Royal Mail’s share price tumbled 14% last Thursday, after the company released its half-year results and warned that it could operate at a loss next year. The drop took around £320 million off Royal Mail’s stock market value.
While the company reported its best UK revenue performance in five years, it admitted that it had fallen behind on its £1.8 billion plan to shift its focus away from letter delivery to parcel delivery. An expected decline in letter volume for the year was also higher than previously projected, rising from 5-7% to 7-9%.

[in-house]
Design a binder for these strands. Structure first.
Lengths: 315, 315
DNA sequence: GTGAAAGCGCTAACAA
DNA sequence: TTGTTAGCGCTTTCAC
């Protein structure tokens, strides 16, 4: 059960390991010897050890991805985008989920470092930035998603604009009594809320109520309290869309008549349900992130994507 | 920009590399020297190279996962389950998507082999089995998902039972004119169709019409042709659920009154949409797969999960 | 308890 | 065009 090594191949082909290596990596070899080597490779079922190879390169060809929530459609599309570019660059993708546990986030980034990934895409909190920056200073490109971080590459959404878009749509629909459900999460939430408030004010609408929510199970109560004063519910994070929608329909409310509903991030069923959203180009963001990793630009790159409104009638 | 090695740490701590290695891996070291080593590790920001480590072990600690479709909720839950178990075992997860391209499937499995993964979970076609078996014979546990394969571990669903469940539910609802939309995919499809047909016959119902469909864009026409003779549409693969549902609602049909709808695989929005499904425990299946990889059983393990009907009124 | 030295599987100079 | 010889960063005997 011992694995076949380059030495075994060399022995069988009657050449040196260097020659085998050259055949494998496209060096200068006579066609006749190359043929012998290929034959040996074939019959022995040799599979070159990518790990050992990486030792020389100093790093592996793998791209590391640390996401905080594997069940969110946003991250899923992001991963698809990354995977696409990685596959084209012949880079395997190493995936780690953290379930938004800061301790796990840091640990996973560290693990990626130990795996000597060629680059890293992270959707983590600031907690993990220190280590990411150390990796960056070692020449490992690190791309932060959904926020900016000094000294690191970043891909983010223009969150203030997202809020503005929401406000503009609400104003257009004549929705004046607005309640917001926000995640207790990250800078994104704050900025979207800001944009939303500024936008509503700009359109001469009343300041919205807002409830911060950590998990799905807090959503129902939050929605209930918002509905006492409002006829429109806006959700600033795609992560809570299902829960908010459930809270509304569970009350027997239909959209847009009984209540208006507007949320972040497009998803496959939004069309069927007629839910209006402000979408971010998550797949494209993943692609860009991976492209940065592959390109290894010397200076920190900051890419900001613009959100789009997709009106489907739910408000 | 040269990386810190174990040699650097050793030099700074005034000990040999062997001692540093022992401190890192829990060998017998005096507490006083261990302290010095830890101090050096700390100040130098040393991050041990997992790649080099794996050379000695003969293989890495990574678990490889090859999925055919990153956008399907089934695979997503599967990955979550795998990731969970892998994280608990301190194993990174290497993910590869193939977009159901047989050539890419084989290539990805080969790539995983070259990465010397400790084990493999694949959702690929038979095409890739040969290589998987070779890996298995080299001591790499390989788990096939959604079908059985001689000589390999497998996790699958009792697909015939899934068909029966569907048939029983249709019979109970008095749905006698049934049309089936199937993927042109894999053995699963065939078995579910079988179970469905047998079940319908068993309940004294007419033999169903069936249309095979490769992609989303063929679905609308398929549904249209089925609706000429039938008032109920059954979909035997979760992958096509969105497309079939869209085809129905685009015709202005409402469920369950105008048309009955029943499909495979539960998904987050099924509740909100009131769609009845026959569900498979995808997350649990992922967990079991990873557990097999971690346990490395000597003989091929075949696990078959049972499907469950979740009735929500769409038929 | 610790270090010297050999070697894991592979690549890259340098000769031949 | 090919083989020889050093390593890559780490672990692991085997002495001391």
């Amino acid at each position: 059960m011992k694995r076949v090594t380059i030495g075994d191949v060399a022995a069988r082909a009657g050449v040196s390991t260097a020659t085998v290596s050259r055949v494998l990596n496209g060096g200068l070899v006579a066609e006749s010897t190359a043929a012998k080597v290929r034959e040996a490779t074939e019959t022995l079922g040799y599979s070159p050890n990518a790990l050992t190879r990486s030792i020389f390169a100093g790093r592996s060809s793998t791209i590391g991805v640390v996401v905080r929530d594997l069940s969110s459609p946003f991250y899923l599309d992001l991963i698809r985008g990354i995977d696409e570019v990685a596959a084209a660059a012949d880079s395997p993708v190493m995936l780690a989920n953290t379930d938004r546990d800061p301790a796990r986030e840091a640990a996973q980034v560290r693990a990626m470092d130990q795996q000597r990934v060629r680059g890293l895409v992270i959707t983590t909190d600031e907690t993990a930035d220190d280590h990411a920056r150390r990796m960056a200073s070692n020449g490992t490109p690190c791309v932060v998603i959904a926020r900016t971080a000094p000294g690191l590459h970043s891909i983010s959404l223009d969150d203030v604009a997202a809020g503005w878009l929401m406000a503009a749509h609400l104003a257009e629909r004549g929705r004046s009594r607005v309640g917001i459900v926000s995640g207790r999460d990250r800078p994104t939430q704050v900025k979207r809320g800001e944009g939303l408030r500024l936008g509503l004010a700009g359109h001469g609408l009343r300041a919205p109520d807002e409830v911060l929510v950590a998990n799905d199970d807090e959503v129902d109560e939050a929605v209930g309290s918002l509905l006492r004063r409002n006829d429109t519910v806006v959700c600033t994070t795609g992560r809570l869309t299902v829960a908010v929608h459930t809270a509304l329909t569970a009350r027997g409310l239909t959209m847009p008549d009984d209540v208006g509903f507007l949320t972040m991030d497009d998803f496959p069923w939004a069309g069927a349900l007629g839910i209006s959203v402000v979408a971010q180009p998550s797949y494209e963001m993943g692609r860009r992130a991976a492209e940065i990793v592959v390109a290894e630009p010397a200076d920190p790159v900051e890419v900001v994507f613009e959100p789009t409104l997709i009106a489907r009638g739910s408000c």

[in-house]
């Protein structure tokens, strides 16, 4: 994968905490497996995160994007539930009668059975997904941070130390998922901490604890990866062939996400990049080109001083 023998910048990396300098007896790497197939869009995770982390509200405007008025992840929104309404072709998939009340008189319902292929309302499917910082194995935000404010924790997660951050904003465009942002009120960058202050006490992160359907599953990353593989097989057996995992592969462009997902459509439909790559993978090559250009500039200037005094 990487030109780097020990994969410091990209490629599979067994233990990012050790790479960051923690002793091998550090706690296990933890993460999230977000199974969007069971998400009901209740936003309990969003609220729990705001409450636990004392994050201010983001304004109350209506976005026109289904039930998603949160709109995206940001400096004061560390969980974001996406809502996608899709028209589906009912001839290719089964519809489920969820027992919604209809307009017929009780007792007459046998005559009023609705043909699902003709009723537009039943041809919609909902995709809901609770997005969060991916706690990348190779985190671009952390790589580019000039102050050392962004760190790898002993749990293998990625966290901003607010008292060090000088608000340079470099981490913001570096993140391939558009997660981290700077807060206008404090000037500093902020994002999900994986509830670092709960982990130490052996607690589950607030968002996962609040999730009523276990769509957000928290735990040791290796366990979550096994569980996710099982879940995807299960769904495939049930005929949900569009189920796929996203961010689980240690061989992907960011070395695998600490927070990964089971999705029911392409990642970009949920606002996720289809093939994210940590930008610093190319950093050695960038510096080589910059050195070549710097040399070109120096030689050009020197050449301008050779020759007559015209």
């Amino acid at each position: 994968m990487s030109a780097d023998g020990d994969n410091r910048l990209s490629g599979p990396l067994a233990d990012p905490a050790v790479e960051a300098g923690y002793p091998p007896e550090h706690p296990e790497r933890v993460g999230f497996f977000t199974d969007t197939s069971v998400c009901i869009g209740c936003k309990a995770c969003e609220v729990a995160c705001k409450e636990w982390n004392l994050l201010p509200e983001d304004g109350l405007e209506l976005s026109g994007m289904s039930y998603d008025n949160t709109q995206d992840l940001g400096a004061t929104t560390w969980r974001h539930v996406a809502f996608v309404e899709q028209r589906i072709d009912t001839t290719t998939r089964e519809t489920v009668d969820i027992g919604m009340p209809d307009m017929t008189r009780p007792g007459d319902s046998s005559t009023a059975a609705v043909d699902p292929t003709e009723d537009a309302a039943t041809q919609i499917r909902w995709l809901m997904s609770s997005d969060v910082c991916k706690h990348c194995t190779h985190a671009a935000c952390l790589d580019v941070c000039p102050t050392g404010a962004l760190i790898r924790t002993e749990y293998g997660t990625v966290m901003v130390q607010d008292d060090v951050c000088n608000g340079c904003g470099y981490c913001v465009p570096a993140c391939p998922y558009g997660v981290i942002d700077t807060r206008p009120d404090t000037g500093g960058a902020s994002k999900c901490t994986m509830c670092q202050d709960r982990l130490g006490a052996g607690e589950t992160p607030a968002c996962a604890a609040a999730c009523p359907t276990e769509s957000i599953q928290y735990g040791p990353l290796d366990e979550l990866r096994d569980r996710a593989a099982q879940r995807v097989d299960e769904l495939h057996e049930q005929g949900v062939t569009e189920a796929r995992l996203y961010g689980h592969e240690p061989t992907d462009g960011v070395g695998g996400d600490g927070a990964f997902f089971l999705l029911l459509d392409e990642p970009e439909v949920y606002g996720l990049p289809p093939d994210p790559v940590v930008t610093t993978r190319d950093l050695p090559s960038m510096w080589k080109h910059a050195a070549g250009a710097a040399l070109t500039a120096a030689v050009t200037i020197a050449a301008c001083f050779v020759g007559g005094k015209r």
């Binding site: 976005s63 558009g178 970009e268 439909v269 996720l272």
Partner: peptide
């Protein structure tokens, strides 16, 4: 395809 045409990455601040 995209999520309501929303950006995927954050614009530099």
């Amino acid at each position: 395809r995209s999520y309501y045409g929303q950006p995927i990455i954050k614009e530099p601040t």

Royal Mail took the opportunity to speak out against planned Christmas strike action.
“Industrial action, or the threat of it, can only hurt our company, and our colleagues,” said CEO Rico Back. “That is because, in today’s postal market, our customers have choices. Consumers can send a text or email when they would have written a letter; and shippers can choose from a wide range of delivery companies, not just Royal Mail.”
The warning came after the Communication Workers Union lodged an appeal against a high court injunction won by Royal Mail to stop strikes in the run-up to Christmas. 97% of a 76% turnout of members voted in favour of strikes, but a high court judge agreed with Royal Mail that there had been “improper interference” by the CWU in the balloting process.
Header image: Diana Akhmetianova